Vanadium is the 23rd element on the Periodic Table. The element went through phases of discovery and rediscovery. The name of the element has a very interesting angle to it. We will tell you all that but before we jump on to our list of Vanadium facts, let us take a quick look at some basic information related to the element. Shall we begin?
Facts about Vanadium Element – Some Basic Information at a Glance
|Element Family||Transition Metal|
|Atomic Weight||50.9415 amu|
|Melting Point||1910 °C or 2183 °K|
|Boiling Point||3407 °C or 3680 °K|
|Density at 20 degrees Celsius||6.1 g/cm3|
|Number of Electrons||23|
|Number of Neutrons (as found in the most abundant isotope)||28|
|Number of Protons||23|
|Element Structure||Body-centered cubic (bcc)|
|Atomic Radius||134 pm|
Facts about Vanadium – Isotopes of Vanadium
|Isotope Name||Type and Abundance||Half-Life (HL)|
|40V||No Data Available||No Data Available|
|41V||Radioactive||No Data Available|
|42V||Radioactive||< 55 nanoseconds|
|50V||Radioactive, 0.250% natural abundance||> 2.1×10+17 years|
|51V||Stable, 99.750% natural abundance||Stable so no HL|
Vanadium Facts: 1-17 | History of Vanadium
Vanadium Facts: Initial Discovery of Vanadium
1. A Mexican-Spanish scientist, Andres Manuel del Rio discovered the element Vanadium.
2. He discovered Vanadium in a brown lead ore (known as Vanadinite) in Mexico.
3. He found that the new element’s salts showed a variety of colors and hence named the new element as “Panchromium” (all colors).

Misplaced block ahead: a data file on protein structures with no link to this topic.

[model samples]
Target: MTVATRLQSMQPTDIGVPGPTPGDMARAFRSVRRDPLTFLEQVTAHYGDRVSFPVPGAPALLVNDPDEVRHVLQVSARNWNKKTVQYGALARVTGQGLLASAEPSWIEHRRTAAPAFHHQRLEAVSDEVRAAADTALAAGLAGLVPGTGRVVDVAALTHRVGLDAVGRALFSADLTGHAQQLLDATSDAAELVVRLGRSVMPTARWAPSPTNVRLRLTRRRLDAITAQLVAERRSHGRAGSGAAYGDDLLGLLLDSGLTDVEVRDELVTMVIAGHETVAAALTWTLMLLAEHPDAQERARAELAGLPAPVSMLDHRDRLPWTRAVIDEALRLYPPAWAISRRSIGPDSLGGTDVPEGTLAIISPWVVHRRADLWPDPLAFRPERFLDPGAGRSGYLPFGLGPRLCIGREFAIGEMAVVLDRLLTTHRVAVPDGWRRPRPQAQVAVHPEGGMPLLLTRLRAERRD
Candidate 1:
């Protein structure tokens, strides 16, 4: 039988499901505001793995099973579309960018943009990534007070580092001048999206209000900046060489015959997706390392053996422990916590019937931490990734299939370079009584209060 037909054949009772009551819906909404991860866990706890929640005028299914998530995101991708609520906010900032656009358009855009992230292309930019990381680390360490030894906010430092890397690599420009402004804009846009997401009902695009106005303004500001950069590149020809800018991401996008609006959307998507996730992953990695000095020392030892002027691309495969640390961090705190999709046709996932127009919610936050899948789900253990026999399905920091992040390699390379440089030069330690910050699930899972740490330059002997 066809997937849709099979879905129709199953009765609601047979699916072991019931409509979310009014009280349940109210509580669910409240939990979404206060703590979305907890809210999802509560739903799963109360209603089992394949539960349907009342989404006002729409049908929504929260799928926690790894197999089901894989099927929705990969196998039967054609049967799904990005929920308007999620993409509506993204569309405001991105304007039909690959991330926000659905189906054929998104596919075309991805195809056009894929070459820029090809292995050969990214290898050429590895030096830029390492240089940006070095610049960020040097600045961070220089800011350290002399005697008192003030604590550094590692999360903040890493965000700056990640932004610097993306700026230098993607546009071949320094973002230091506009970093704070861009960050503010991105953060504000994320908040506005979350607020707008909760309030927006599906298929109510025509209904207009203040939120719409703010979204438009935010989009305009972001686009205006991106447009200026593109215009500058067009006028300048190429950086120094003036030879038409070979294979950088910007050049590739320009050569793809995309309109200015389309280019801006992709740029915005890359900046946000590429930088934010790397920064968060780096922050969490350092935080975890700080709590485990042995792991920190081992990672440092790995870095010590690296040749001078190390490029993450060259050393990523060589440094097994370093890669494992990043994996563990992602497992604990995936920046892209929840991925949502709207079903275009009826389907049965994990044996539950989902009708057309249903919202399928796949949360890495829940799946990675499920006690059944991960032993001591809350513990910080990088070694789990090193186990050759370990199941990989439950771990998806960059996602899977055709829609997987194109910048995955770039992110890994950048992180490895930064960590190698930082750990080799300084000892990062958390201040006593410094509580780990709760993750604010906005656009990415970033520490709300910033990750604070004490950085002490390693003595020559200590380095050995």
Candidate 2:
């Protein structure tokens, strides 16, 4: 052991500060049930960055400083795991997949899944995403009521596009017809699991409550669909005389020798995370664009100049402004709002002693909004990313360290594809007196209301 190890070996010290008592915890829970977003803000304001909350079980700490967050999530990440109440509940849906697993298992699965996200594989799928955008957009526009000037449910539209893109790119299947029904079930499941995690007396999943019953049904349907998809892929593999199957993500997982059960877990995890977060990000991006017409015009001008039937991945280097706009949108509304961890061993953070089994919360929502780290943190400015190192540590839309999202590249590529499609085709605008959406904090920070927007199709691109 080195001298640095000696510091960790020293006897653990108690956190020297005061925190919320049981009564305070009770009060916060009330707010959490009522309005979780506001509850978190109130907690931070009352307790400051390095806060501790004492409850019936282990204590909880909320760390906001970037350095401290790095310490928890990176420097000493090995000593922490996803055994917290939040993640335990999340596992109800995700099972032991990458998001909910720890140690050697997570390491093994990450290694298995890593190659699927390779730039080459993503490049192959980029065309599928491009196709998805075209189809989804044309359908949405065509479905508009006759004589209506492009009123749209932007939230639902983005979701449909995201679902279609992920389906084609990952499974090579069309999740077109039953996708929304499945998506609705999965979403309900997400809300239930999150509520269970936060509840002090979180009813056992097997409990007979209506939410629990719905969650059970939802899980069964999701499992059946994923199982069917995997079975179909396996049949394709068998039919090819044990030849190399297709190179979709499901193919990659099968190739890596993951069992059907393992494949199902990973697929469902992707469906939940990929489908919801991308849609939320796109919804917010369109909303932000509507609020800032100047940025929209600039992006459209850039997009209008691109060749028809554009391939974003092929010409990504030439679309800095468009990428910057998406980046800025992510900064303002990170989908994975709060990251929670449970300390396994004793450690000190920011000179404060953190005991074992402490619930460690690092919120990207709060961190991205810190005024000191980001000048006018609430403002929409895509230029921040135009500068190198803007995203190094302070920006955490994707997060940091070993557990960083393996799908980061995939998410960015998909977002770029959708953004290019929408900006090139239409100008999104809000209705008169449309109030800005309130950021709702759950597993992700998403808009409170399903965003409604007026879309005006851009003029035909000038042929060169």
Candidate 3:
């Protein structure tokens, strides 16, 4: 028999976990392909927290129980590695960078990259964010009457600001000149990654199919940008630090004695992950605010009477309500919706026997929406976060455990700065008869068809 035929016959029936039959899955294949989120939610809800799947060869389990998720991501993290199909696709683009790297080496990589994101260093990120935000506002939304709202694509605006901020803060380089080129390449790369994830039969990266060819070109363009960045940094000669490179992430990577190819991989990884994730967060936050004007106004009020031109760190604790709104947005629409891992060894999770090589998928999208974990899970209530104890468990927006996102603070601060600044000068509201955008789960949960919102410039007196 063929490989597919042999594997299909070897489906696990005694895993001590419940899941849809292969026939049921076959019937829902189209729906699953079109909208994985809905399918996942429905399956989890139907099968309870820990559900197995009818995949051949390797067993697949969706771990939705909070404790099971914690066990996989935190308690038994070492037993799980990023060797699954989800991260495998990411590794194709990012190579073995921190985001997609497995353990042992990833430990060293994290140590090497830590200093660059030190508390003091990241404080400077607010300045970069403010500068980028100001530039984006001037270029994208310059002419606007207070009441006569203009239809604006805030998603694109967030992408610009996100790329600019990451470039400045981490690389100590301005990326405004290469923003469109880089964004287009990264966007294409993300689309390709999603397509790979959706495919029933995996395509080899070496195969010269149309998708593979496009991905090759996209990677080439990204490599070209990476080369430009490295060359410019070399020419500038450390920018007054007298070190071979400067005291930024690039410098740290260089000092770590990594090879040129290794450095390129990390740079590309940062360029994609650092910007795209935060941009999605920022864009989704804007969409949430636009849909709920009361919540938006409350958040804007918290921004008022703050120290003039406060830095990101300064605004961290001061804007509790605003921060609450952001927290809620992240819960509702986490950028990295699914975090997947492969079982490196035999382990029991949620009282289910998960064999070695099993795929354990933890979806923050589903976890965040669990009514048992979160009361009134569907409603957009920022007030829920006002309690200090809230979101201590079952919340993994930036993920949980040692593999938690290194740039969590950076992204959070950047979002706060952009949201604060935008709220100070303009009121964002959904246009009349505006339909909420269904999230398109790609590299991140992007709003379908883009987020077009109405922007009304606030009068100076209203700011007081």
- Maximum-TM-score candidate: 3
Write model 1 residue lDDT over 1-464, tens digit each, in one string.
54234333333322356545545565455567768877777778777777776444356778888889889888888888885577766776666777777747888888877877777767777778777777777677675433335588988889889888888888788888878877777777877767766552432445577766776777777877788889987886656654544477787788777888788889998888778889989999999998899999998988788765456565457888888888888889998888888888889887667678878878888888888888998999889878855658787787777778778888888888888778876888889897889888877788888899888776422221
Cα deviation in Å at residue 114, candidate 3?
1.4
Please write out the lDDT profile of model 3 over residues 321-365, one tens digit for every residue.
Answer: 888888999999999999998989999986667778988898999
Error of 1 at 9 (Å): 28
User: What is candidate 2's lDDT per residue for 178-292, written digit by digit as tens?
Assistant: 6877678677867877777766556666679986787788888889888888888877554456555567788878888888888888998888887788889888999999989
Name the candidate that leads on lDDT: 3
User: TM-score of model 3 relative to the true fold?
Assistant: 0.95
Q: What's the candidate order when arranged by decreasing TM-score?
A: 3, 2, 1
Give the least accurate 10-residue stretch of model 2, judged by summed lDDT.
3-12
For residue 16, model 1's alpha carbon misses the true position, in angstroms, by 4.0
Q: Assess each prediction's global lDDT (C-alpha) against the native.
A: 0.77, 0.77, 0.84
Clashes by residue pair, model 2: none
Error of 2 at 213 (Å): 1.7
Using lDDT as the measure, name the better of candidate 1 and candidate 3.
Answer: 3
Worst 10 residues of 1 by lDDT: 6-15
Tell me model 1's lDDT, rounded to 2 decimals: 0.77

4. He then changed the name from Panchromium to “Erythronium” as he found that most of the element’s salts turned red upon heating.
Vanadium Facts: An Incorrect Declaration
5. In 1805, Hippolyte Victor Collet-Descotils with the support of Baron Alexander Von Humboldt (friend of Rio) incorrectly stated that Manuel del Rio found the impure sample of Chromium.
6. Manuel del Rio accepted the declaration and withdrew his claim.
Vanadium Facts: Rediscovery of Vanadium
7. Vanadium was rediscovered by Nils Gabriel Sefström a Swedish scientist in the year 1831.
8. He discovered the element in a different oxide while working with iron ores.
9. In the same year, Friedrich Wöhler confirmed that Manuel del Rio was the first discoverer of Vanadium.
Vanadium Facts: Naming of Vanadium
10. Nils Gabriel Sefström wanted to name the element after the letter V as no element had a name which started with V.
11. Sefström named the new element Vanadium after Vanir Goddess Freyja (Vanadís is one of her many names).
12. He named it after her because one of her attributes were beauty and chemical compounds of Vanadium were beautiful.
13. In the same year, George William Featherstonhaugh recommended that the name should be changed to Rionium after the first discoverer Manuel del Rio. But it was not accepted.
Vanadium Facts: Isolation of Vanadium
14. Just like Titanium, the isolation of the element was very difficult.
15. Berzelius declared that he produced the metal. However, Henry Enfield Roscoe proved that Berzelius produced Vanadium Nitride (VN) but not pure Vanadium.
16. It was in the year 1867 that Roscoe produced the metal. He reduced Vanadium Chloride with Hydrogen.